Kate: I think that’s totally true. I encounter people pretty often who say they don’t like musicals as though musicals are one style of music. It’s an art form and it has all different musical styles and all different narrative storytelling styles. And there are many different ways that you can structure a theatrical piece that uses music to propel character and plot forward. And one of the nice things about these collaborative things that we’re seeing come up on TikTok, like Ratatouille, is that all of these people with diverse tastes are coming together and bringing their own musical flavor and their own lyrical concepts; and we’re putting together something that has all of these little spices from here and there to make one large dish of Ratatouille if you will.

Is there a specific film story of production you would want to see adapted as a TikTok musical?

Dan: That’s an amazing question because the list is limitless. I’m constantly thinking of new things that would be an amazing musical. One of the first things that I ever worked on TikTok was writing songs for Avatar: The Last Airbender musical, which is a show that I’ve loved for many, many, many years. I mean, there was a whole community of people that we’re writing songs for this fictional Avatar show that was sort of the precursor to Ratatouille, I think in my mind. There’re hundreds of things that I would love to adapt, but Avatar was definitely really special. It already happened. And I’m proud of those songs that we put out.

Kate: Yes, there are so many different properties that would be incredible to develop. Um, one of the really nice things about Ratatouille is that our adaptation ended up being sanctioned in the specific context by Disney and in general adaptations that get to a certain point. You know, if you want to have, a paying audience to support a full production, you have to get the rights. And that’s always going to be a tricky thing for a lot of these big beloved stories that many people are familiar with. And that’s why you see so many fairytale adaptations in Greek myth adaptations and biblical story adaptations because they’re not rights protected. And so there is an endless list of properties that are, you know, behind a gate, but I’d love to get access to, but there are also so many beautiful stories that are out there for the taking, um, that, or to shine a new light on that haven’t been seen in a modern adaptation before, but it’s been around for a very long time.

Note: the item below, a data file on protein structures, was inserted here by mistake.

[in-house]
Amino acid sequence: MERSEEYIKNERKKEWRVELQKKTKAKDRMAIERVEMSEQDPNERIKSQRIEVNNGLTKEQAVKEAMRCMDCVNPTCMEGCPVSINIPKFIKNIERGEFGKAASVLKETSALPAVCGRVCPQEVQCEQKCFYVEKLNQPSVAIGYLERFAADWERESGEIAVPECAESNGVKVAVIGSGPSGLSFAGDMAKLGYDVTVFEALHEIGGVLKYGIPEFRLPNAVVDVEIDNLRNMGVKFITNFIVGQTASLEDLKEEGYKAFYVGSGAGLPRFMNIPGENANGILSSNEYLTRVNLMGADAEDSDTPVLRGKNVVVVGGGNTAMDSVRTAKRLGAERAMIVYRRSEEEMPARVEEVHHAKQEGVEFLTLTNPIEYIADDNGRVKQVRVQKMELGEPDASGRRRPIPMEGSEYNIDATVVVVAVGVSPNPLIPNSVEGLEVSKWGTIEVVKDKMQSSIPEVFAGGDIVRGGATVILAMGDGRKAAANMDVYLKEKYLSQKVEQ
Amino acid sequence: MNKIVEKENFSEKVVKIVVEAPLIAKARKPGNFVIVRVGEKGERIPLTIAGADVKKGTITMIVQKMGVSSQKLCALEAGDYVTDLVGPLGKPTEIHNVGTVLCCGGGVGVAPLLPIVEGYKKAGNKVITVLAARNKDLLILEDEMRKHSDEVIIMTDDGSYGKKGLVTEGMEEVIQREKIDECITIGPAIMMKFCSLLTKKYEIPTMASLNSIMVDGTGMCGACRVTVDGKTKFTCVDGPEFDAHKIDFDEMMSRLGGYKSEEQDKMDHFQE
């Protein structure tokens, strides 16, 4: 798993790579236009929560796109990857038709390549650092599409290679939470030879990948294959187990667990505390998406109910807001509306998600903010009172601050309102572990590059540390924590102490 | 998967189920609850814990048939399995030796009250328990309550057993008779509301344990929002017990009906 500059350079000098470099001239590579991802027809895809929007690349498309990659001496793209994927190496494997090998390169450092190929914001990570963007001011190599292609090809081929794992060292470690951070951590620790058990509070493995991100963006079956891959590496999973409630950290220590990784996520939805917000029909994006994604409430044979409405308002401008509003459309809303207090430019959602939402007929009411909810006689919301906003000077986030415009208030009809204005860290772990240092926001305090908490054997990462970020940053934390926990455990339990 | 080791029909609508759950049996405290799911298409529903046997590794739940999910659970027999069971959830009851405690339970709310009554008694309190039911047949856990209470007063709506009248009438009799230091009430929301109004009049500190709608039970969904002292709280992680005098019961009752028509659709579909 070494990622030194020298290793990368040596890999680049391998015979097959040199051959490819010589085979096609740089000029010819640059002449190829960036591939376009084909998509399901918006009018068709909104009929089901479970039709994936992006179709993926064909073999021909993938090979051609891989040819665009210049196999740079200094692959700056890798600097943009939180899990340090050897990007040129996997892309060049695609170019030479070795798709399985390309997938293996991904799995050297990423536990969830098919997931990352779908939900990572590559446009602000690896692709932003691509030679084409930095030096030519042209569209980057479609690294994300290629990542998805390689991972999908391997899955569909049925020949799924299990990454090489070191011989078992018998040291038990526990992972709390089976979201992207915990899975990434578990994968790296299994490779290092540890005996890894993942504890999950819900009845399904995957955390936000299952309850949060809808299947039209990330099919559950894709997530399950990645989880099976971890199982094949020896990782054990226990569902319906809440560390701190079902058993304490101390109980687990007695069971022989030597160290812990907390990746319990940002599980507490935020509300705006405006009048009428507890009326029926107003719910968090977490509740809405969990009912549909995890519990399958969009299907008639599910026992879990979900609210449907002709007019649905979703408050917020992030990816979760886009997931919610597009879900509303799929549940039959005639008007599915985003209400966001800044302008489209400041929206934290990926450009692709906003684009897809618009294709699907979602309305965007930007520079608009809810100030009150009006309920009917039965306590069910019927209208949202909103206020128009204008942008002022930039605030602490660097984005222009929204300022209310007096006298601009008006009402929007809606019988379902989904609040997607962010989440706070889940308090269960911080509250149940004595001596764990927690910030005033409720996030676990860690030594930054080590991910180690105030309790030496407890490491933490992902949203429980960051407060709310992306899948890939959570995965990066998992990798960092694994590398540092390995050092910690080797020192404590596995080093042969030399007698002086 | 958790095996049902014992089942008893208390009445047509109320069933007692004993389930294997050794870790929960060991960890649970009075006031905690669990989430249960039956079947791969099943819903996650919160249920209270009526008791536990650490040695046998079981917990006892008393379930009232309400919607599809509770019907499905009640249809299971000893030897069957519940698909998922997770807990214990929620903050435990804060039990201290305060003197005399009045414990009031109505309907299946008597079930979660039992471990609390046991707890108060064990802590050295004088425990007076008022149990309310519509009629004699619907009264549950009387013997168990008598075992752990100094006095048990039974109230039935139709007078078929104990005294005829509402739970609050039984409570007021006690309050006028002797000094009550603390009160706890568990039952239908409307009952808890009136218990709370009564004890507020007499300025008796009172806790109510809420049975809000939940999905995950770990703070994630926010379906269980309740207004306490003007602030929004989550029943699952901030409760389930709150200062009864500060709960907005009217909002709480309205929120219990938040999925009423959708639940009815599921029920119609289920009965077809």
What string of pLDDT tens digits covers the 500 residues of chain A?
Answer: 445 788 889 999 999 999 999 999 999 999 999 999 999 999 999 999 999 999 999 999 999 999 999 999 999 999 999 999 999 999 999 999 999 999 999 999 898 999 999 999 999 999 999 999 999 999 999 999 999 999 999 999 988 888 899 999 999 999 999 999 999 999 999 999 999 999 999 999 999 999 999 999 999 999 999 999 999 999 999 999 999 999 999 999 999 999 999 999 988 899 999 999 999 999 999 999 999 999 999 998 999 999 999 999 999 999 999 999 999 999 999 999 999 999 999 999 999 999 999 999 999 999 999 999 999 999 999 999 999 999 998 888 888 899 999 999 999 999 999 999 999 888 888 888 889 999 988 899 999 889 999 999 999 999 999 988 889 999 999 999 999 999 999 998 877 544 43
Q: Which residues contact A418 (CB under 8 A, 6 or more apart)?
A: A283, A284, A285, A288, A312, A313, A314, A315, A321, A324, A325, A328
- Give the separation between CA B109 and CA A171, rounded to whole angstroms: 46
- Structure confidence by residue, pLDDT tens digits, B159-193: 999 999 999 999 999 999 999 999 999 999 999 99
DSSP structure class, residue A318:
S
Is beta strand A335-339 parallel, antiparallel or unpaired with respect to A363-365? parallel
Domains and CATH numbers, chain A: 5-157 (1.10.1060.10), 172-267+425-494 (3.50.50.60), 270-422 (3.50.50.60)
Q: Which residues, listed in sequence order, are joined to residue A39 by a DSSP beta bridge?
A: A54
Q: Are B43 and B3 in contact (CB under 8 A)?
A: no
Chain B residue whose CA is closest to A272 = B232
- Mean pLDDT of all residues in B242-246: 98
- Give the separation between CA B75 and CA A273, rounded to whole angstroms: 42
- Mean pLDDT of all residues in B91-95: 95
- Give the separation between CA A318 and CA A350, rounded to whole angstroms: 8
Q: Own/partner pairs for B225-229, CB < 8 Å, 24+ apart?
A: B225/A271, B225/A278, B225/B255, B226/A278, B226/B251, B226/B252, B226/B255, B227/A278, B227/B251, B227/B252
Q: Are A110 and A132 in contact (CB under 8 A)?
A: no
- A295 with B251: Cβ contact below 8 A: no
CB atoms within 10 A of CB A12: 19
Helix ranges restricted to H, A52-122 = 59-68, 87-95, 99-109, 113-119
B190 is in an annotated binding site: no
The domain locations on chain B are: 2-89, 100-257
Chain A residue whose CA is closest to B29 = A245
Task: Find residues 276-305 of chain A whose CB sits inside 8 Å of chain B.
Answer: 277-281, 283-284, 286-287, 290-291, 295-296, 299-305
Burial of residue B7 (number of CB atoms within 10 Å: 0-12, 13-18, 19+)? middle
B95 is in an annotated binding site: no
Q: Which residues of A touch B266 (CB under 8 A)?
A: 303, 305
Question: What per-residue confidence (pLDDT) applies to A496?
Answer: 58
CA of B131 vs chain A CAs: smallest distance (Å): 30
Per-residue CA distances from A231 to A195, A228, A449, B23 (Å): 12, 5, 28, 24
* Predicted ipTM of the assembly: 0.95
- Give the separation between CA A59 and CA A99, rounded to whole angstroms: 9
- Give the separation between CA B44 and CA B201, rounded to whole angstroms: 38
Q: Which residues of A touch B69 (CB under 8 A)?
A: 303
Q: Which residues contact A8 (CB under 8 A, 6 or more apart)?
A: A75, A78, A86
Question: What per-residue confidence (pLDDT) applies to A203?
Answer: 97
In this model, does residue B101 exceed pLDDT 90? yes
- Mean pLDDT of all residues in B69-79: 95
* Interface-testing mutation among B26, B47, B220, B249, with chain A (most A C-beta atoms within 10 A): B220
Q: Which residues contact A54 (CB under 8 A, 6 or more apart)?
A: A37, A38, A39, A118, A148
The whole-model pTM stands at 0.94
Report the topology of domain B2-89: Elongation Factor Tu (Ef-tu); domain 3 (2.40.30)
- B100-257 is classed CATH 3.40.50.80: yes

This is the first TikTok production to be eligible for an Emmy nomination. What would it mean to receive a nomination for your work here?

Kate: Oh, goodness. That’s the dream, isn’t it? To have people appreciate something that you do and recognize it in a formal capacity? I worked in television for years before I transitioned into theater. So there’s a little bit of goofy irony for me in this situation. But it would be such an incredible gift and honor for Ratatouille to be nominated, especially considering it’s something that we put together on such a quick timeline just because we were passionate about it; and didn’t have any expectations about how people would react to the outcome of our work.

Dan: Yeah, it’s exactly what Kate said, but specifically it is all for and thanks to the TikTok users. Especially “Remember My Name,” which is the song that Kate and I are eligible to be nominated for —that only exists because of the love that the entire TikTok community put into it. And I know when we were writing, that was something we were always acutely aware of is that this is all for that community and we just want to do that community right. And while, of course, it would be really incredible for us to get that, it is also on behalf of the hundreds of thousands of users and creators who supported Ratatouille on the platform who contributed in huge and small ways and engaged in it. So, it would be very exciting for us, but I think also for everyone who was able to be a part of it.

Here’s a final question for each of you, and this is a tricky one, and you gotta be honest about this. Have either of you ever eaten ratatouille?

Kate: Yes! The night of the Ratatouille musical premiere, January 1, my family and I made the ratatouille dish from Ratatouille. I believe the recipe for how to do it that specific way came from Smitten Kitchen. And it was phenomenal! It was so delicious. It’s fantastic. It’s one of my sister’s go-to recipes.

Dan: I’m going to say that I ate what was attempted Ratatouille, but I don’t know if it was successful. I tried it, but I don’t know if it was accurate to what Ratatouille was supposed to be.